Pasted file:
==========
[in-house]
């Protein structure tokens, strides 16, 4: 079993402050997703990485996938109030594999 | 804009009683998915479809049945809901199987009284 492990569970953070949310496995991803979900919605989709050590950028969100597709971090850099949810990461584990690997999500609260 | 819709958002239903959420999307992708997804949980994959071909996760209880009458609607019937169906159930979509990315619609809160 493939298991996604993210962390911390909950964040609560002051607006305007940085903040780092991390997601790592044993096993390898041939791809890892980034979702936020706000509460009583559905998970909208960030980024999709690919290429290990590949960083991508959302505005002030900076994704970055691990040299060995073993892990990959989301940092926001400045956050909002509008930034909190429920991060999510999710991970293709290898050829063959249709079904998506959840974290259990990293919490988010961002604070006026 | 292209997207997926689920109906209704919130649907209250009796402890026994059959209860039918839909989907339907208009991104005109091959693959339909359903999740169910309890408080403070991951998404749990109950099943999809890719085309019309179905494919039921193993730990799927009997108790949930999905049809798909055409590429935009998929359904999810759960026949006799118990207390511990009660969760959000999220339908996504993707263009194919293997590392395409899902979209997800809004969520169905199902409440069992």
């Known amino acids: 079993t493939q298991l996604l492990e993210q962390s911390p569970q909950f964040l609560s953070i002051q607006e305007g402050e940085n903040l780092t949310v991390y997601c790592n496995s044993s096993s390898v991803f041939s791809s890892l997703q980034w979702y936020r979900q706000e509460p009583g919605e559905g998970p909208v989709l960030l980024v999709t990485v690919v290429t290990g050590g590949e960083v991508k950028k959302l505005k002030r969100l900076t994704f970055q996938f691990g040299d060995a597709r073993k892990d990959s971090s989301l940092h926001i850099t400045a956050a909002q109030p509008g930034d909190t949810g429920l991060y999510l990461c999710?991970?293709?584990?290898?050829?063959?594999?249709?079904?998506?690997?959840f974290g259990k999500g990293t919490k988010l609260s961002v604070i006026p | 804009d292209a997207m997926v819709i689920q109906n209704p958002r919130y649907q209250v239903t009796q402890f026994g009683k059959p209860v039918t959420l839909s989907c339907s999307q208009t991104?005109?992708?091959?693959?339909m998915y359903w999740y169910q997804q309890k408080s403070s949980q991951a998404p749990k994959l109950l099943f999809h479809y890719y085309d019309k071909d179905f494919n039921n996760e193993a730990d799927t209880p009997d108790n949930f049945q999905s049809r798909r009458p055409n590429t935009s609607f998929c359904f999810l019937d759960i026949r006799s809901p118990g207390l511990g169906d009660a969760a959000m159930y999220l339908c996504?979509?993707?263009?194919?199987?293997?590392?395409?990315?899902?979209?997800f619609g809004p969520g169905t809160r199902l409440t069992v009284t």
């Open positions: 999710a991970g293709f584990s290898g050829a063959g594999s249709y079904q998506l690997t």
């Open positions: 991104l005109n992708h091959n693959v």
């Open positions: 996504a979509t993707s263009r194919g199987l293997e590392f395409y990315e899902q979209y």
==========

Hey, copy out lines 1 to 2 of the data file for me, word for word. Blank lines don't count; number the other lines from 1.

[in-house]
């Protein structure tokens, strides 16, 4: 079993402050997703990485996938109030594999 | 804009009683998915479809049945809901199987009284 492990569970953070949310496995991803979900919605989709050590950028969100597709971090850099949810990461584990690997999500609260 | 819709958002239903959420999307992708997804949980994959071909996760209880009458609607019937169906159930979509990315619609809160 493939298991996604993210962390911390909950964040609560002051607006305007940085903040780092991390997601790592044993096993390898041939791809890892980034979702936020706000509460009583559905998970909208960030980024999709690919290429290990590949960083991508959302505005002030900076994704970055691990040299060995073993892990990959989301940092926001400045956050909002509008930034909190429920991060999510999710991970293709290898050829063959249709079904998506959840974290259990990293919490988010961002604070006026 | 292209997207997926689920109906209704919130649907209250009796402890026994059959209860039918839909989907339907208009991104005109091959693959339909359903999740169910309890408080403070991951998404749990109950099943999809890719085309019309179905494919039921193993730990799927009997108790949930999905049809798909055409590429935009998929359904999810759960026949006799118990207390511990009660969760959000999220339908996504993707263009194919293997590392395409899902979209997800809004969520169905199902409440069992």